Tumsup, This is what I’ve found on the R12, a bike I’m certain my Opa would have owned in the time frame before and into WWII. The biggest difference I note between the two bikes is the R60 has a “boxier” fuel tank, compared to the tapered R12 tank. I think some of the controls were different, too, because a write up I found by a person who owned a classic R12 stated many of the clutch and throttle controls were levers at the side of the tank. That would make for a well choreographed riding experience, if you ask me. I’m glad you had such a wonderful time with your R60. What other quirks in the handling (compared to modern motorcycles) did you feel as you road it. I figure you would know best, since it was a regular companion over a decade. You don’t know someone for that long without picking up on their idiosyncracies. I ask all these questions because my wife keeps pestering me to WRITE the story of my grandparents. It would serve a two fold purpose: 1) it would be a great story to share with the world; 2) some additional revenue might actually be helpful so we could buy a restored R12 of our own, as a memento of the times. OR We could take a trip to “The Old Country” to vacation in the areas where all the events transpired. Heck, if I got movie rights, we could do both. (but NOT before riding, okay?) B4ihogupthewholethreadwithnothingpertaining2thetypebikeiride

It’s getting too cold and foggy for me to continue to ride to work in the mornings. The route I take passes through farmland and a river bottom on a tributary of the Missouri. This is also the season for deer to go into “rut”, where they get practically crazy with hormones and will cross any field, stream, fence, or roadway to ‘chat up’ a prospective mate. This can be disasterous for a motorcyclist. Colliding with several hundred pounds of sinew and bone at any appreciable speed spells trouble, and possible hospital time. I’m not certain when I’ll stop taking Black Betty out for our daily ride, but it will certainly be this month. I have plans to let her stay the Winter at a Motorsports store in Jefferson City, where she’ll receive spa like treatment until next Spring. I’ve already enquired about new shoes (tires), some new bling (front halogen rear LED lights), as well as massage and strength training (engine rebuild / tuning and new gearing / chain). It’ll cost me a pretty penny, but then, it’s always “cheaper to keep’er”, isn’t it? B4ihave2partcompanyforwhatwillseementirely2longatime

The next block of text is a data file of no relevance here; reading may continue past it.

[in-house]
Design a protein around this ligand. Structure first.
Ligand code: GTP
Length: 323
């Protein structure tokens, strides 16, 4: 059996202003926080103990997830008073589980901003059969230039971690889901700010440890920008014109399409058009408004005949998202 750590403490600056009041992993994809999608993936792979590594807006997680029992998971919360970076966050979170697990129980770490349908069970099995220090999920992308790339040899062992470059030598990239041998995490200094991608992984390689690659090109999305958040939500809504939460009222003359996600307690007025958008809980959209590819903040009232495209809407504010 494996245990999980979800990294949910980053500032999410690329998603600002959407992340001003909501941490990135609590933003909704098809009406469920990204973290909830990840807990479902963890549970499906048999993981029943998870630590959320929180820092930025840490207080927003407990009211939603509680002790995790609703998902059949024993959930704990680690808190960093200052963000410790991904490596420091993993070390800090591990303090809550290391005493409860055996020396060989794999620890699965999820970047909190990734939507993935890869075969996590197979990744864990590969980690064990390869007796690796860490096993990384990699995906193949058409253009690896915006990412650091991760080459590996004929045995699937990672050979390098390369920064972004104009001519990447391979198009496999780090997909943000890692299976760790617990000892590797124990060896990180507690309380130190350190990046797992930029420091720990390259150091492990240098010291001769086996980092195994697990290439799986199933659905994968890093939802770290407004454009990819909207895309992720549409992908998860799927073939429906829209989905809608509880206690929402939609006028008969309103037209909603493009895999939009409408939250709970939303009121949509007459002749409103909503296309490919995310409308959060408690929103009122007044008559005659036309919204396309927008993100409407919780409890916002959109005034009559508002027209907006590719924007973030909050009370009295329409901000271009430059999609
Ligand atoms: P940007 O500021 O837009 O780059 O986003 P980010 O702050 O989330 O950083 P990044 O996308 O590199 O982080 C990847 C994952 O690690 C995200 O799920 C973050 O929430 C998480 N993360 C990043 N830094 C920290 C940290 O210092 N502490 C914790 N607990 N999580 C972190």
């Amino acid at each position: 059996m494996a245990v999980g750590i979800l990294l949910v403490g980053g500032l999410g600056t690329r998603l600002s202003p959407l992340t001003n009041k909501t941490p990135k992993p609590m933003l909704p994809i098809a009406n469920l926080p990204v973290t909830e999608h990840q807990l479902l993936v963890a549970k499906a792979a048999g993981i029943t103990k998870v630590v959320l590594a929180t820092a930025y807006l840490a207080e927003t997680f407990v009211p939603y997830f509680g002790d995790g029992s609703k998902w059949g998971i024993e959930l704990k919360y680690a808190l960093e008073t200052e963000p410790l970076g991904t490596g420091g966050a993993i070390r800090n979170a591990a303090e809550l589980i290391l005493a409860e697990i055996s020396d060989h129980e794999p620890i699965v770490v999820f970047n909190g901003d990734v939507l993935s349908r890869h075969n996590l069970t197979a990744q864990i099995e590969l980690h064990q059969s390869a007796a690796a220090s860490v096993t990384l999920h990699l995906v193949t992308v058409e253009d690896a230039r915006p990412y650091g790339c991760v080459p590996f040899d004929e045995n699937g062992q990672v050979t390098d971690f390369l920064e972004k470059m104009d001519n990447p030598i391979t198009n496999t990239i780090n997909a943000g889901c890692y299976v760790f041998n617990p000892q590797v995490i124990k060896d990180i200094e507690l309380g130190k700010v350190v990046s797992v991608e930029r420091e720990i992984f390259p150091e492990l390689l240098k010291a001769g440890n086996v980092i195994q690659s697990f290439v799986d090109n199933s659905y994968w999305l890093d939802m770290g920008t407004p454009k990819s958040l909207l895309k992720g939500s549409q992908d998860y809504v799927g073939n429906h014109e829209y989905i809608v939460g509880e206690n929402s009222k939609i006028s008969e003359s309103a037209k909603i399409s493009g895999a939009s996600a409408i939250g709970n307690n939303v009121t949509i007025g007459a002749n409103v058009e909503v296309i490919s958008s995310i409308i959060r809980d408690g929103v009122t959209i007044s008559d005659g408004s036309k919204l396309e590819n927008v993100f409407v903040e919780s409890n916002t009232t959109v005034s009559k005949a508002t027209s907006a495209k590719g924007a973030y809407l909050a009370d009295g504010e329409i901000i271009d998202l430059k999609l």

I stopped riding on 7 Oct 2011. Weather, daylight (or rather, DARKNESS) during my rides to / from wor oakley outlet k, and the drop in temperature have all come to a head to dissuade me from being “out in the wind” when I ride. On the flip side: I’ve purchased a 1995 BMW K 1100 LT as a replacement bike for Black Betty. I know she’s going to be upset, as much as I’m going to be heart broken to let her go. However, I’ve been hankering for a BMW for a few years really since the time I started riding again. Something to do with my Opa in Germany, who used to work on BMW Motorrader. {see short excerpt of “Empty Cocoons” in My Space} A couple of weeks ago, my wife, A , started pushing me to look for a different bike because (in her words) “I don’t like to see you on your tip toes trying to balance your bike. It makes me scared it’ll fall over.” What am I gonna do, tell her “No, I’m not going to upgrade” to something better? Thus the in oakley outlet ternet search began. There were about a dozen contenders, though they didn’t all surface at the beginning. Once I’d seen all the offerings in the local area (MO, KS, IL), I started making contact with the sellers. One already had a buyer for a late model R 1150; another was too far south, on the Gulf Coast of TX; there was a guy who rebuffed me for ‘insulting’ him with too low an offer; and there were two close enough at hand I could easily go view them and make a decision. The one who struck me as the most sincere also cut me the best deal, effectively cutting the advertised price in half because the bike didn’t start again after he replaced a fuel pump this summer. The silver K 1100 LT is in excellent condition, though it has high mileage (120k miles). It has all the accoutrements: heated grips, auto adjust fairing, highway footboards, hard cases, a luggage rack helmet trunk. The biggest plus was the MTC Voyager pin on chassis that acts as a trike conversion for more stability (something my wife appreciates), but is easily removed within minutes by removing two bolts and driving the bike forward (something I appreciate) so I can run the twisties like I love to do. We worked out the payment and the logistics of moving the bike all yesterday. Trip to A ‘s bank to get the secured loan. Trip to “our” bank to deposit the funds, then wire them to the seller’s bank. Coordination between the seller, the logistics (transport) company, and the BMW dealership in STL (where the initial check up repairs will take place). Seller promised to separate bike and trike chassis for Transporters, who promised to store chassis and deliver bike to Dealership, who promised to repair efficaciously so I can drive bike to Transporters and reattached trike chassis, then drive home with whole bike / trike combo. A and I celebrated achievement at local pub (Bek’s) with shared meal and good cuppa java. I should have everything home in about two weeks. I’ll believe the weather holds long enough for it to be a pleasant ride. We’ve discussed going to fetch it as a family; I’ll drive the trike combo, A will drive her BMW 528i to get us there and her back; our daughter, Y , could tag along and ride pillion back with me. Looking forward to riding more frequently with all family members next year. Perhaps we’ll even do some road trips with the Gateway BMW Motorcycle Club that I’m linking up with in STL.